Alice Munro is the 13th women to have won the Nobel Prize for Literature, news to which according to the Guardian, she is said to have responded “Can this be possible? Really? It seems dreadful there’s only 13 of us.”
Not just a resounding win for a short but growing list of women writers finally being recognised, but a victory for readers and writers of the short story, Munroe’s strength and preference.
Could it be a sign that the short story is making a comeback? It is something I wonder about in one of my very first blog posts entitled Why People Don’t Read Short Stories which is a tribute to the form and a reminder of the joy short story collections can bring.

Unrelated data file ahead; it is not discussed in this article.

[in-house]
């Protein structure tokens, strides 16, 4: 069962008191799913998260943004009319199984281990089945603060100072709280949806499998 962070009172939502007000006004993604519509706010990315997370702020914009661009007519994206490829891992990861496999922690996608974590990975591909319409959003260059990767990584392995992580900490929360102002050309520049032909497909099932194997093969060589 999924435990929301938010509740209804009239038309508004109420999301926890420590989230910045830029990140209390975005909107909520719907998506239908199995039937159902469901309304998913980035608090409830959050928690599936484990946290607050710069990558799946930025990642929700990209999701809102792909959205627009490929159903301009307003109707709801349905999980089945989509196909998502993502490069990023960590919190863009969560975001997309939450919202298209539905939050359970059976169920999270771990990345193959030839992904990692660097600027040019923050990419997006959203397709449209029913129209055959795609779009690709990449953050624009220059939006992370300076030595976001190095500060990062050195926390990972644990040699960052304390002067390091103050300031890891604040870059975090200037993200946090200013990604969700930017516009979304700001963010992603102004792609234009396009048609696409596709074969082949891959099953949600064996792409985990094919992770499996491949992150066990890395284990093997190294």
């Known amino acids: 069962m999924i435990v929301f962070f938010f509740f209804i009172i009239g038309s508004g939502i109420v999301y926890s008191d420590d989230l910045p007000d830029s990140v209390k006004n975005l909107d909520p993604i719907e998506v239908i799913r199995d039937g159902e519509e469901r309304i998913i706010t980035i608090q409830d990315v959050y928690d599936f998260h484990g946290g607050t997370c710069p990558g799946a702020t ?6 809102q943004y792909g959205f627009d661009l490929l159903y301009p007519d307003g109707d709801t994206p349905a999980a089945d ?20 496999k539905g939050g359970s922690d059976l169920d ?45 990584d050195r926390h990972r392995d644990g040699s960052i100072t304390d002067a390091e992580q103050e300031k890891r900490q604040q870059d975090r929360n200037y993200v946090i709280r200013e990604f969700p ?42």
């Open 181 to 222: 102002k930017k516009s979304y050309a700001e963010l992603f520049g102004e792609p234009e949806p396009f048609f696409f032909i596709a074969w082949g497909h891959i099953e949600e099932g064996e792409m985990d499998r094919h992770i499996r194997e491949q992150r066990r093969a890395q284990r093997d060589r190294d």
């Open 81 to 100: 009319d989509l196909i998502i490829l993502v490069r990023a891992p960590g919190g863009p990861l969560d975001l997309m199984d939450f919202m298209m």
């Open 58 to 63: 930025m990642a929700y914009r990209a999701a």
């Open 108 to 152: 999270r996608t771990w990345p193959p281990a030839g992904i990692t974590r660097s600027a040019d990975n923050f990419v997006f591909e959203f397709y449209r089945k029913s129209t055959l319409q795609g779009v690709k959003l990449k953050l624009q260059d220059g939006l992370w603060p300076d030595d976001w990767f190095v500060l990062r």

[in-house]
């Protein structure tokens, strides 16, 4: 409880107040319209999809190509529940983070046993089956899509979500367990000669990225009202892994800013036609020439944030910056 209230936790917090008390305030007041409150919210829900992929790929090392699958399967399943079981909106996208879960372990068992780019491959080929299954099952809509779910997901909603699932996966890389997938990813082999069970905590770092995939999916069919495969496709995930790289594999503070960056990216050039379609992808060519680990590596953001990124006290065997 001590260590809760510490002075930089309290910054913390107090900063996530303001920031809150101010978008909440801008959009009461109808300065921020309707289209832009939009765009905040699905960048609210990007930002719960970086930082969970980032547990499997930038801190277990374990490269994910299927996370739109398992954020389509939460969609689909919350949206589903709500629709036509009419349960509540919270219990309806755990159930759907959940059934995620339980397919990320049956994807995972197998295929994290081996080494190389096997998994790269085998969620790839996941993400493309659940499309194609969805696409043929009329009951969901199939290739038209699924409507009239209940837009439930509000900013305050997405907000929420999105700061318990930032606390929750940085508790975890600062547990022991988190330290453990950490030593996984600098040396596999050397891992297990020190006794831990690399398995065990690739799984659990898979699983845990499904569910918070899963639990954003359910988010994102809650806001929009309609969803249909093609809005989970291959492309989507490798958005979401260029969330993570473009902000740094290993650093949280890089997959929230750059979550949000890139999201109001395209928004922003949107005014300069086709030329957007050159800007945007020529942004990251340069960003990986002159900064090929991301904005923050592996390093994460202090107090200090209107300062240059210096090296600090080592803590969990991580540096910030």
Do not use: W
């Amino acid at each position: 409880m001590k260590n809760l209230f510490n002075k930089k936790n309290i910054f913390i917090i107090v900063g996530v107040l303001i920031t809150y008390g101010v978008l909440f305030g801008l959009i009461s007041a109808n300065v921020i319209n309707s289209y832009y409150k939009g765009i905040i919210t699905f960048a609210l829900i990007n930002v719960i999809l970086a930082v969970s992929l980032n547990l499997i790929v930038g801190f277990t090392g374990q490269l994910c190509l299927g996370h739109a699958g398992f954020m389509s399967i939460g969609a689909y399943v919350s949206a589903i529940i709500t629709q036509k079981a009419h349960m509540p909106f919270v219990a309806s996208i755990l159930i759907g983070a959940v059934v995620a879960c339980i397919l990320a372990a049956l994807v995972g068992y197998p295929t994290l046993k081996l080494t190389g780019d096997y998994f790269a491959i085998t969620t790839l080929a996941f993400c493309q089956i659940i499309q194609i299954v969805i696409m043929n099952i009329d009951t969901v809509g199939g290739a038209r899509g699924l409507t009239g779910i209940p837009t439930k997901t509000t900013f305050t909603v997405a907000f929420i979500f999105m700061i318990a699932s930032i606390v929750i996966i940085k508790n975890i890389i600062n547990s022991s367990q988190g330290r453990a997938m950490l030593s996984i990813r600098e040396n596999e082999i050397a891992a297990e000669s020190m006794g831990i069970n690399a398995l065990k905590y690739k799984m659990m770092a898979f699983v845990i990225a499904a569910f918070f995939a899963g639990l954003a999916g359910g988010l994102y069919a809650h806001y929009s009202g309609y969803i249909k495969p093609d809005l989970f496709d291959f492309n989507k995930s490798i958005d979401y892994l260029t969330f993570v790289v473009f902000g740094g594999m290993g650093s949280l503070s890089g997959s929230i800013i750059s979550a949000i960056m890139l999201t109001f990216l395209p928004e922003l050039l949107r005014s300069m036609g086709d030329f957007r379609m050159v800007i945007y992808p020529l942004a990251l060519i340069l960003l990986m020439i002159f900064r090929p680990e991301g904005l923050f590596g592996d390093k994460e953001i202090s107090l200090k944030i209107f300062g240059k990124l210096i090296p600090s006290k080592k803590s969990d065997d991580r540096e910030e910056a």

Educated: 1949-51 University of Western Ontario
Books: 1968 Dance of the Happy Shades
1971 Lives of Girls and Women
1974 Something I’ve Been Meaning to Tell You
1978 Who Do You Think You Are?
1983 The Moons of Jupiter
1986 The Progress of Love
1990 Friend of My Youth
1994 Open Secrets
1996 Selected Stories
1998 The Love of a Good Woman
2001 Hateship, Friendship, Courtship, Loveship, Marriage
2006 The View from Castle Rock
2009 Too Much Happiness
2012 Dear Life
Feature Article Alice Munro: Riches of a double life, the Master of the contemporary Short Story, Guardian 2003